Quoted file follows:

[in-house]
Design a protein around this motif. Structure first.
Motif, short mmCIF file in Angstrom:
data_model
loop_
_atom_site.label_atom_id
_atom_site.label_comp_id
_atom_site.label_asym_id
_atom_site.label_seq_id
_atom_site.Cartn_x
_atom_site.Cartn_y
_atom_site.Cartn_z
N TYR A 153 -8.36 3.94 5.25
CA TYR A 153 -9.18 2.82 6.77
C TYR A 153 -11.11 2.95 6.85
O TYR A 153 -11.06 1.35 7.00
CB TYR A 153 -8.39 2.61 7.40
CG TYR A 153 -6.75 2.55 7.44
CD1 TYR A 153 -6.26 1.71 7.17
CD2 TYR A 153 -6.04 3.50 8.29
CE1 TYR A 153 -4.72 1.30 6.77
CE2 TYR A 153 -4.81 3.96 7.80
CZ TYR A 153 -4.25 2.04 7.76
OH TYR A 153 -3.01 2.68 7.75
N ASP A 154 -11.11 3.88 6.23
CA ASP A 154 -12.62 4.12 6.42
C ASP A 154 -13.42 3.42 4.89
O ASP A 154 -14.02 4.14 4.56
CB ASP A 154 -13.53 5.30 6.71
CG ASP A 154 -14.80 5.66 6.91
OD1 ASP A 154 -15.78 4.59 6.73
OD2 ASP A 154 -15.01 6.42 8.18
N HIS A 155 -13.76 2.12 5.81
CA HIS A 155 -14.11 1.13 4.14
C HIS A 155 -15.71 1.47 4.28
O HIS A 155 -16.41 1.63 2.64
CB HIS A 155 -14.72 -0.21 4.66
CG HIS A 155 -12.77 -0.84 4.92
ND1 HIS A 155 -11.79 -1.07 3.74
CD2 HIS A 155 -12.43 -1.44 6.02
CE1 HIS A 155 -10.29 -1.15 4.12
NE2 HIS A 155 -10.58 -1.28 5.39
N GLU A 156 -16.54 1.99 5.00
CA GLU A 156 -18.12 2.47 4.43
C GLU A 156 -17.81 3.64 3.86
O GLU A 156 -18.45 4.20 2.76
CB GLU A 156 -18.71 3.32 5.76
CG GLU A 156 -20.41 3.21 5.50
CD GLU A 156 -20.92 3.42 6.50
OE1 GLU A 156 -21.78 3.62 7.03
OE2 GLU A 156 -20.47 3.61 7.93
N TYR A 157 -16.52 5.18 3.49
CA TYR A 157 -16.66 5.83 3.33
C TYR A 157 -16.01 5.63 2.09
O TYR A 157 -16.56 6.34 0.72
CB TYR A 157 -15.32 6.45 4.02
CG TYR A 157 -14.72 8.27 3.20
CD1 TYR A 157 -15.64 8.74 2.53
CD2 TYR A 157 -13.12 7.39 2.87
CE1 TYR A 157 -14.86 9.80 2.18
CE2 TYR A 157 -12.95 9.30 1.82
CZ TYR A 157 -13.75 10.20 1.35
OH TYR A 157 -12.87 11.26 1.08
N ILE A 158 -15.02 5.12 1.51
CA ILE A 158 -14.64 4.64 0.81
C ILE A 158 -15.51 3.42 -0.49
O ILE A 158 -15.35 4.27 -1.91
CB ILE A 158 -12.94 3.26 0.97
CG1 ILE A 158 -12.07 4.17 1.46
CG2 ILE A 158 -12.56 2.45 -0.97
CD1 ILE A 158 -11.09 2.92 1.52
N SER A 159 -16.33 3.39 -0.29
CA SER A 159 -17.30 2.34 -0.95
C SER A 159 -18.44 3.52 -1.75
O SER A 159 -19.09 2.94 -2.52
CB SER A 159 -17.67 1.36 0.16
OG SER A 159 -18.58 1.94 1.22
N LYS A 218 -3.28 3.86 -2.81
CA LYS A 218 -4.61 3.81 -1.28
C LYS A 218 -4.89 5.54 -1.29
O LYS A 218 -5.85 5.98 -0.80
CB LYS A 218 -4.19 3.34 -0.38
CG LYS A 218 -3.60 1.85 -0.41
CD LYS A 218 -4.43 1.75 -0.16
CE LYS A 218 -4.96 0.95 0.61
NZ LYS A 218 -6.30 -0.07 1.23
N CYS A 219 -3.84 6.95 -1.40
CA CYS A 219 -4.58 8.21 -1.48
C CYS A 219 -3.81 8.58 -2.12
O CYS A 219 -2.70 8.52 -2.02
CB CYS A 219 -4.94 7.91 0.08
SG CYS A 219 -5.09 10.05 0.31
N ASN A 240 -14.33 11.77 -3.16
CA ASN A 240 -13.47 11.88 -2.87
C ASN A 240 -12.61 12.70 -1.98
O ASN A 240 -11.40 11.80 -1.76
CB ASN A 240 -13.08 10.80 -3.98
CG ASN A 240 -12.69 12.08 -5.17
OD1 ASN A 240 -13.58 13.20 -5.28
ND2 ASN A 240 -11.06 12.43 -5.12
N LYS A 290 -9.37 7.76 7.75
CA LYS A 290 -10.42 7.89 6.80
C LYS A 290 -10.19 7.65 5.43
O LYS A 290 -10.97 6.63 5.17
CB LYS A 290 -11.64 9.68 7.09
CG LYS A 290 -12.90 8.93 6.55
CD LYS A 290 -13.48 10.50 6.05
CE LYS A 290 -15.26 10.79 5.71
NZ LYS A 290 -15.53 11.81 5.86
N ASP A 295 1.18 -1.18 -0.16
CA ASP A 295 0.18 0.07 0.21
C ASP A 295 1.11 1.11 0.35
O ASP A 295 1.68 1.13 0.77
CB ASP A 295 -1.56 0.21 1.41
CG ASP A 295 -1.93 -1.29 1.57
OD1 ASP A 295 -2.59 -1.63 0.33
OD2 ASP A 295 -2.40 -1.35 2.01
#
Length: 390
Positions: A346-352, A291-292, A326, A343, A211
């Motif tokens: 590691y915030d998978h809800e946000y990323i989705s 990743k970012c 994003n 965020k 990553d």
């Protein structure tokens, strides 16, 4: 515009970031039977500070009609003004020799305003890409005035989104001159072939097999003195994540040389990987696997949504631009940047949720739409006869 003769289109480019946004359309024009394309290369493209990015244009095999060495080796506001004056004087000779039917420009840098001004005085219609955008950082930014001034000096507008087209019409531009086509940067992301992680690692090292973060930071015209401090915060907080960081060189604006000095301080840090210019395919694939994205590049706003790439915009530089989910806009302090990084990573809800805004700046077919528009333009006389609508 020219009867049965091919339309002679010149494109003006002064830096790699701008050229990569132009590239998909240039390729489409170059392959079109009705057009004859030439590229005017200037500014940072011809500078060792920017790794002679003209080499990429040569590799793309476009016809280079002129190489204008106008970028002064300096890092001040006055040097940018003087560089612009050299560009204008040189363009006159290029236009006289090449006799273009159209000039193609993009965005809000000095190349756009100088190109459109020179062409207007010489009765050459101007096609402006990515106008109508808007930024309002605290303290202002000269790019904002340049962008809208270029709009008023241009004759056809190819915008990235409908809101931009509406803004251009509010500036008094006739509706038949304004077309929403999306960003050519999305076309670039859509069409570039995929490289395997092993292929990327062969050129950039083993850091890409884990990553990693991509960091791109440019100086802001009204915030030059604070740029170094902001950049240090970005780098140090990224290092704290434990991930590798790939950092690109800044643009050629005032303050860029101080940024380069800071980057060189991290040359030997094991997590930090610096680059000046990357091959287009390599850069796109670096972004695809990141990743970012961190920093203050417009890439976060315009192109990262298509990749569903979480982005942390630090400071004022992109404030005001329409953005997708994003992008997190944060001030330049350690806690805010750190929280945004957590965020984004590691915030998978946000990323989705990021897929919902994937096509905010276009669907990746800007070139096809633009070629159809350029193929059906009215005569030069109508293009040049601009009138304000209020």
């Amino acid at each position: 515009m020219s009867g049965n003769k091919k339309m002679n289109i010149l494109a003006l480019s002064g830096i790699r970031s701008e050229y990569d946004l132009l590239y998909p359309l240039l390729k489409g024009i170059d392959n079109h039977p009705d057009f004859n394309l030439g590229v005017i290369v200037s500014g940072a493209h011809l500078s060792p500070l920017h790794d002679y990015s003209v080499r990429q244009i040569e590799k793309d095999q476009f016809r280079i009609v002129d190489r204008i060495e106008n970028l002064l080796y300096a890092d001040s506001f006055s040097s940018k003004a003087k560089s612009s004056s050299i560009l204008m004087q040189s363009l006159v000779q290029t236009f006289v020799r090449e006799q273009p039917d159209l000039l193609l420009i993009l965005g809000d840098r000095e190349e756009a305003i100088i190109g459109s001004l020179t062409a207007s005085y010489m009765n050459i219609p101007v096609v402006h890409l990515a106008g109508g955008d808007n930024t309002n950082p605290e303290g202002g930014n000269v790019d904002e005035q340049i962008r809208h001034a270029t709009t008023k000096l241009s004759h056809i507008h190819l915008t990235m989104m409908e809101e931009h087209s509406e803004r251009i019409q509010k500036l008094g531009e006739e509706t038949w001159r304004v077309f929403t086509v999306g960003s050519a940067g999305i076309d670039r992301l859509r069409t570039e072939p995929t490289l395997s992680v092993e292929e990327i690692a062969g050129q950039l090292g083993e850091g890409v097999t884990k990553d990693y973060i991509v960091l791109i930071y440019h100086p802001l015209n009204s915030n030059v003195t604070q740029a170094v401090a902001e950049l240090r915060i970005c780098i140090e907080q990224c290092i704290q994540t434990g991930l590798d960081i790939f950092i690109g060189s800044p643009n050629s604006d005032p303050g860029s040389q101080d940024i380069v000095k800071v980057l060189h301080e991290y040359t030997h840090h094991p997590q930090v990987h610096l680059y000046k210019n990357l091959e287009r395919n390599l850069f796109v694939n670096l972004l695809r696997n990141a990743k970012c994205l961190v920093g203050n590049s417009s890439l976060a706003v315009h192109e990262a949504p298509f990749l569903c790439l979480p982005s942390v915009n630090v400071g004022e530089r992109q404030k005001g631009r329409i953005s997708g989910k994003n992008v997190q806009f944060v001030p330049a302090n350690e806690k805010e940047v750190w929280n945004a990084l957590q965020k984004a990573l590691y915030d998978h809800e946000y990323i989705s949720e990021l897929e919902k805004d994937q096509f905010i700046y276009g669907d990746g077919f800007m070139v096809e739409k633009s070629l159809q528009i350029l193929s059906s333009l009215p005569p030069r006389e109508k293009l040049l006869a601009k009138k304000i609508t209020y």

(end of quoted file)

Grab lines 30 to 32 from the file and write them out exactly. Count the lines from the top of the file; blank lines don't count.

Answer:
CG ASP A 154 -14.80 5.66 6.91
OD1 ASP A 154 -15.78 4.59 6.73
OD2 ASP A 154 -15.01 6.42 8.18